Last Updated on June 22, 2017 by Tim
Most businesses have a cyber security strategy, but how many are aware that in less than a year from now, those that fail to prevent a cyber breach could be fined millions under new European regulations?
The General Data Protection Regulation (GDPR), is a new complicated requirement driven by the European Union (EU). This will supersede the UKs Data Protection Act 1998 and is due to be enforced on 25th May 2018. Companies that suffer a data breach or display noncompliance may face a fine up to 20,000,000 euros or up to 4% of their global annual revenue of the preceding fiscal year.
GDPR aims to give assurance that our data is safe
This EU regulation is driven by the need to improve faith in the burgeoning digital market place. The current legislation adhered to in the UK and Europe was drawn up at a time before people’s data was so easily shared between various agencies such as Google and Facebook. GDPR is an update believed to meet the new requirements in data protection and came into force on 24th May 2016, organisations have until 25th May 2018 to prepare for when the regulation will apply.
Cyber-attacks are not going away
Across the global market cyber-attacks are an imminent risk. An organization’s ability to adapt to the new regulations, the ongoing threats to data privacy and the potential losses both in revenue from a breach and EU fines cannot be ignored. Companies outside of the EU that offer good and services to EU citizens will also be affected by the new data regulations. The level of their financial culpability is yet to be tested along with negative PR that non-compliance with the legislation can bring.
Educating employees essential for cyber security
One of the key differences a company can make, is organisational changes to security at an employee level to lessen the risk of a breach. By placing emphasis on shared responsibility for cyber defence across an organisation involves all business stakeholders and staff, from Human Resources to the post room knowing the basics of digital security. With the press as a permanent reminder of digital threat, here are some standard ideas that new and existing businesses can deploy.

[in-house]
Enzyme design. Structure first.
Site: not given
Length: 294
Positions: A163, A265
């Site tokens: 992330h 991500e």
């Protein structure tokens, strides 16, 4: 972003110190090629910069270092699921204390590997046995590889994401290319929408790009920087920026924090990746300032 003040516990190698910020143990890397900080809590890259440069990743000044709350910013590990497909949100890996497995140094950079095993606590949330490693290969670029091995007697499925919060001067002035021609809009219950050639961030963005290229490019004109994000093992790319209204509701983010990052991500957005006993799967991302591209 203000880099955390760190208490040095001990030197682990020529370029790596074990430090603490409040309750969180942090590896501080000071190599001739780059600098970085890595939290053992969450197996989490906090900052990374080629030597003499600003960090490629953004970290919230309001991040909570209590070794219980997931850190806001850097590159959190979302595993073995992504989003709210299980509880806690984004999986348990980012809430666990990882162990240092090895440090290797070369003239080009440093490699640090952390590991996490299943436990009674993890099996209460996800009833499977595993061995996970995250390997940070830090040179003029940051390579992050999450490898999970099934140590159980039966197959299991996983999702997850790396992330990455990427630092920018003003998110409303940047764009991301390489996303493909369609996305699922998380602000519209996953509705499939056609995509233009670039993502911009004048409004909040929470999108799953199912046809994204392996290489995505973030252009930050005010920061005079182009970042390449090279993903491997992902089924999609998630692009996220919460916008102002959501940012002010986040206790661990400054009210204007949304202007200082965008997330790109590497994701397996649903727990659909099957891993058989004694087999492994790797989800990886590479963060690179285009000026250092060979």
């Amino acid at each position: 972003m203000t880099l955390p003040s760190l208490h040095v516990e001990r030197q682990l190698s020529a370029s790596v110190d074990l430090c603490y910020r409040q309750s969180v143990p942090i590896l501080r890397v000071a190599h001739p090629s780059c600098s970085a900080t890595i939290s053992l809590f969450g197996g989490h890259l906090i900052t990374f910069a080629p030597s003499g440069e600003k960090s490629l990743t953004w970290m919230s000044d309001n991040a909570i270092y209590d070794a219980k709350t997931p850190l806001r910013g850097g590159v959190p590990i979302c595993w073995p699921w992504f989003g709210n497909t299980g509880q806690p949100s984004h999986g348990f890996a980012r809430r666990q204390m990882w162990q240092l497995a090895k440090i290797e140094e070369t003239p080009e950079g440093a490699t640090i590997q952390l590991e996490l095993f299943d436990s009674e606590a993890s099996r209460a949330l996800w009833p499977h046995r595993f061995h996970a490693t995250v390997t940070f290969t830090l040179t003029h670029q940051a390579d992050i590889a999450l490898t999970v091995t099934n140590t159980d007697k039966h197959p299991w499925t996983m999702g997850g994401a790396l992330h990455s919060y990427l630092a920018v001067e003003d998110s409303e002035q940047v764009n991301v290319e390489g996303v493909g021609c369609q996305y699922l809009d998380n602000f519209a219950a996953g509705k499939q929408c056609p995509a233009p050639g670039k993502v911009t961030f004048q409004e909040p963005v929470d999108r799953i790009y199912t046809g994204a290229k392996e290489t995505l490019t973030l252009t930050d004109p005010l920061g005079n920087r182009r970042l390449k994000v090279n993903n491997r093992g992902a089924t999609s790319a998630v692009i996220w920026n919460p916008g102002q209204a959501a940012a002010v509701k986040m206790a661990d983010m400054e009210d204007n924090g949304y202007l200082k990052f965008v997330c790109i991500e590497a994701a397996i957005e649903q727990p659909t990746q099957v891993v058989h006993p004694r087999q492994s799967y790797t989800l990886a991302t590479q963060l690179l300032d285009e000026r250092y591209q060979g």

1. Draft a response plan to a cyber attack
A draft response to a cyber-attack can be in place ready for the PR team to issue. Broadcasting that you are GDPR compliant may give reassurance to business stake-holders and customers alike. They need to know their data is safe. Remember the story of the 1000s of NHS patients that turned up at numerous hospitals in the morning only to be told their data was missing? A twitter fire is difficult to extinguish.
2. Is everyone in your business aware of the risks?
Workshops and newsletters can reinforce positive behaviours and expose the negative scenarios that have made businesses vulnerable to a data breach. Difficult passwords are a must, what to do when you leave the company laptop in a café, are you storing company data on your desktop not the hard drive?
3. Team ambassador for each company silo
Having a security champion in each team helps spread the responsibility across a company’s infrastructure and can help enforce best practise. Does the HR team want to be source of a hack that leads to the company facing an annual loss up to 4% of their global income?
4. New starters
The onboarding process is an opportunity not to be missed. Start as you mean to carry on. Does your company have a new starter programme for cyber security best practice?
5. Malware spreads on contact
USB sticks need a warning attached. They are readily handed out like sweets or picked up from bowls at industry events. It doesn’t take the smartest hacker to realise that, one could be picked up and compromised with malware and then placed back in the bowl.